Tarzan Lopez (2007)

Summer of 2005: The traveling circus Rey Gitano pitches its highest tent in the middle of the military complex known as Campo Marte, headquarters of the Guatemalan army. On one side, it sits under the lookout turrets of the “Guardia de Honor”, home to elite army units. On another, it is flanked by a compound of officer’s housing. Behind it is the sprawl of the Army Stadium, and in front is a concrete park proudly displaying old pieces of artillery mounted on pedestals.

The circus erects its own perimeter of silver trailers and mobile homes. They are parked end to end, forming a solid barrier against the outside world. Their metal surfaces are decorated with sad/happy clown faces and roaring tigers which beckon silently to the soldiers and cadets. There is an unspoken counterpoint in the meeting of these two architectures and philosophies. Surrounding the circus and the military complex is the constant ebb and flow of metropolitan traffic.

Rey Gitano, the first circus in Guatemala, was founded by Mary Magdalene McCormick Beltetón and Manuel Asunción López in the 1930’s. Its story is one of family traditions, romantic rebellion against the passage of time, and survival in the face of difficult odds. Little is known about the arrival in Guatemala of the Irish-Hungarian Mary Magdalene, and of her love affair with her Guatemalan husband Manuel. However, the circus became known as Circo Quetzal in the 1940’s and 50’s, while during the 60’s it went through several incarnations: Circo Emperador, Circo de la Muerte, and most famously, Circo Rex, which in the 70’s became El Circo Rey Gitano.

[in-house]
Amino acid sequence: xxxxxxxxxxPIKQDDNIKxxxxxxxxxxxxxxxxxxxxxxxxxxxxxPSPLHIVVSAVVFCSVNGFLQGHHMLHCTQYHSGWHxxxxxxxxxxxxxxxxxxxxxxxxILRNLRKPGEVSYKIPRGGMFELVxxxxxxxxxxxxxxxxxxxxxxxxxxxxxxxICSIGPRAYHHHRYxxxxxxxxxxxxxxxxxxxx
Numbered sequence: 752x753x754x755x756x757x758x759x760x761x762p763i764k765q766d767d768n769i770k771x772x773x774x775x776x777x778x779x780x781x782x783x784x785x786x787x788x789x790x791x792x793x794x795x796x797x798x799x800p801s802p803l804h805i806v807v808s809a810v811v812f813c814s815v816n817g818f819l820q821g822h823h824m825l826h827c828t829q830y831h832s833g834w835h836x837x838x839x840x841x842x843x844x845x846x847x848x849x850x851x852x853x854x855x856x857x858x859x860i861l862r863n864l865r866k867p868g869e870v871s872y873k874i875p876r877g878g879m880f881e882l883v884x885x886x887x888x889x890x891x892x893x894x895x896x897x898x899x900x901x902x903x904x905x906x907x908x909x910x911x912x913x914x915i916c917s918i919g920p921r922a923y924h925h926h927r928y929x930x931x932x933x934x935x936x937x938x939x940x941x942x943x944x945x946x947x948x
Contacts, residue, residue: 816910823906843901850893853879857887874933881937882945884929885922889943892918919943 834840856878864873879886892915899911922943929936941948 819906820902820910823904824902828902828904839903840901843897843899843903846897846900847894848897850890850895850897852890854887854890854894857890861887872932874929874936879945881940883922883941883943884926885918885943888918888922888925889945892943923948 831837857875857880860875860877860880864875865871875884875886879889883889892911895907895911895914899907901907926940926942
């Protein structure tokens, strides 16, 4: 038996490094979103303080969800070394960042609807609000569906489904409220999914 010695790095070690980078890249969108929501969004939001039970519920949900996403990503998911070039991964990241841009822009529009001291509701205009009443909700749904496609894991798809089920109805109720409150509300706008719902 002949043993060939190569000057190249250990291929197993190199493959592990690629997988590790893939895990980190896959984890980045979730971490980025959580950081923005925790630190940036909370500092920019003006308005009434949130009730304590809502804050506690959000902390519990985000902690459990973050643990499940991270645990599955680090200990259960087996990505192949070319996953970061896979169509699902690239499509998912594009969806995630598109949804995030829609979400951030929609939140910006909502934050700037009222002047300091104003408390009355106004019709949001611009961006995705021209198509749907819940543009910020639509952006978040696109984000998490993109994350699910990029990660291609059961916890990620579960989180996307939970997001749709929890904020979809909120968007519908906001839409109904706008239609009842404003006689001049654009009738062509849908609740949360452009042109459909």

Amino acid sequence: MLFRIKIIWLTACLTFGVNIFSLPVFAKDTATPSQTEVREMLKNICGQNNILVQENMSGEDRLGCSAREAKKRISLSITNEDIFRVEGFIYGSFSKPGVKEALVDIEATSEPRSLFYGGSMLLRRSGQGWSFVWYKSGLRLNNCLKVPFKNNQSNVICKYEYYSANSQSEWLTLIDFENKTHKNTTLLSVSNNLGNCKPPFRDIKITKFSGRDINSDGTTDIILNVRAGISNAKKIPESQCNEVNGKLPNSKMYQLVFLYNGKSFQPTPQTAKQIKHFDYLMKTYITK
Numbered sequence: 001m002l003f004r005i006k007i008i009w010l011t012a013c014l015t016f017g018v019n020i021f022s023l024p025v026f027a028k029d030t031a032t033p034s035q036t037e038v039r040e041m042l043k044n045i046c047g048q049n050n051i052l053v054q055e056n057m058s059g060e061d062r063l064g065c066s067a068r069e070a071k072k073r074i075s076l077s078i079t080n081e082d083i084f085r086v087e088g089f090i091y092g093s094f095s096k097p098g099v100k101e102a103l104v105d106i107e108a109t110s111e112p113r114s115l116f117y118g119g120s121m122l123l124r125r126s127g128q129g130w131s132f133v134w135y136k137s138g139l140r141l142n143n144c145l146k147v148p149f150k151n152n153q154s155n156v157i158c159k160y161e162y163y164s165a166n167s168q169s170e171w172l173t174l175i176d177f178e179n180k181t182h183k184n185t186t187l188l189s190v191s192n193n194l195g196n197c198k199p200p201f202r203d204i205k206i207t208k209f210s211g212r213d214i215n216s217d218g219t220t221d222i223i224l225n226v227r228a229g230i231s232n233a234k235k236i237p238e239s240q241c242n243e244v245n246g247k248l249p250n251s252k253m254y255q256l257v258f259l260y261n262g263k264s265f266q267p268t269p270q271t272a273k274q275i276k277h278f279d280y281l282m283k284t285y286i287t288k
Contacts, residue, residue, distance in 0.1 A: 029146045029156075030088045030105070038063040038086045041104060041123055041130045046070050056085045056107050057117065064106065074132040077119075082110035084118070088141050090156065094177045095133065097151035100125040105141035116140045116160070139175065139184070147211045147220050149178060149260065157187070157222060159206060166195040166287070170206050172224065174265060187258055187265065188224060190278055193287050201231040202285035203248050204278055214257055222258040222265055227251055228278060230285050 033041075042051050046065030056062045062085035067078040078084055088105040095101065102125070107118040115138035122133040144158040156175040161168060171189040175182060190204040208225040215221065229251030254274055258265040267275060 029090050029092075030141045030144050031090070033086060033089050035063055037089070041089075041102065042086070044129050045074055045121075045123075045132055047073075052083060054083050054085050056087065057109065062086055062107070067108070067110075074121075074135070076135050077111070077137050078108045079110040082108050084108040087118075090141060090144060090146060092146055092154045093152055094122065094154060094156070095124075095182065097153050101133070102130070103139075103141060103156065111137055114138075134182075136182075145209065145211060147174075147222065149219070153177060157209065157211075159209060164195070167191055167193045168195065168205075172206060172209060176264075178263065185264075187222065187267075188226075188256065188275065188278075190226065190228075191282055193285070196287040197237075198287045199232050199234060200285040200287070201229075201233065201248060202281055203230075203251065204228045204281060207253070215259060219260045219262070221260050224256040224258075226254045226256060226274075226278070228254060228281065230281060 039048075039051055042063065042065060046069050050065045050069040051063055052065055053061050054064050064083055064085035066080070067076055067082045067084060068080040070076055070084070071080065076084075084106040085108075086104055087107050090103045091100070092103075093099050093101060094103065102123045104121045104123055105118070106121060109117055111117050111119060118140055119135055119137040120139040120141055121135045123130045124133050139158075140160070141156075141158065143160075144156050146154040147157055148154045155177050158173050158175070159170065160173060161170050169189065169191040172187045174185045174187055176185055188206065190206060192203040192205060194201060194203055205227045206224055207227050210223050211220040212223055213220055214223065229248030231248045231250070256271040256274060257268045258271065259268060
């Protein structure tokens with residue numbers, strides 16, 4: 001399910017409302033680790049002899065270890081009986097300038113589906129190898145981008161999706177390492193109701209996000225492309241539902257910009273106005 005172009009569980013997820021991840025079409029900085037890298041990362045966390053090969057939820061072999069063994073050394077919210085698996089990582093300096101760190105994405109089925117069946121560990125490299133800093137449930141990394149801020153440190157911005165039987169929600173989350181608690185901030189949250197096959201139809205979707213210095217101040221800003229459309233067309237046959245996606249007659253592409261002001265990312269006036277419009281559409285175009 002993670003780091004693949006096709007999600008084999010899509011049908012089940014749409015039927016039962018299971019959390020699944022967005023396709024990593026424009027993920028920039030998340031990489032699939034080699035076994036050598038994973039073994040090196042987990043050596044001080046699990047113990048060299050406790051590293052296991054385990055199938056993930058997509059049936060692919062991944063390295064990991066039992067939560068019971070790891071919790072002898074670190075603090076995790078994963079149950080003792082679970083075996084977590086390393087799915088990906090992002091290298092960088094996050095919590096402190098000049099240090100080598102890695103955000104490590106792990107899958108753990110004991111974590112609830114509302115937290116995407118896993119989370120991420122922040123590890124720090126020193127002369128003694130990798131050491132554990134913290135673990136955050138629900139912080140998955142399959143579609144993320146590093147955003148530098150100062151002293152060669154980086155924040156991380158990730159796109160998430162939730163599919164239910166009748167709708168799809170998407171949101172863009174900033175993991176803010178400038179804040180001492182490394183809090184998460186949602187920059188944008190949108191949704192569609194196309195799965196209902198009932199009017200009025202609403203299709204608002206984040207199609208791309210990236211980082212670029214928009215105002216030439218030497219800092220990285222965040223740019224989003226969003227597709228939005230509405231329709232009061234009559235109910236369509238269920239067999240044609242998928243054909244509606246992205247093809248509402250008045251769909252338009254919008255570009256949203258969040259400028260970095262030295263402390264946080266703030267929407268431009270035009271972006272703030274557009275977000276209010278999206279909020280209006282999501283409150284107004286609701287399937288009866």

Mary and Manuel had twelve children, all of whom were integrated into the family business. The most charismatic of their children was Alfonso Aurelio López. He came to be known as “Tarzan” López, and starred in such camp movie classics as Tarzan in Guatemala and Return of the Avenging Hero. By acquiring and breeding exotic animals and developing specific acts, Alfonso and his younger brother Francisco (“Indio”) López contributed greatly to the evolution of the circus into its present-day form.

Rey Gitano is now in its third generation of López family owners/performers and retains much of its historic and traditional character. As such, it is a great example of the Latin American circo criollo -- a mix of native pageantry and traditional European circus lore.

Tarzán López explores the theme of family traditions: their origins and their transference from one generation to the next. Also, it meditates on Guatemala’s reality as seen through the eyes of the passing circus. Finally, it sets out to create a document of a way of life that year by year becomes more fragile and difficult to maintain. El Circo Rey Gitano continues to travel to the most remote regions of Guatemala, and to reach marginalized communities; it brings culture and entertainment to a wide range of audiences. Furthermore, it has done so over the past century of Guatemala’s history, even during the most turbulent years of the country’s civil war, crossing and uniting territories separated by violence.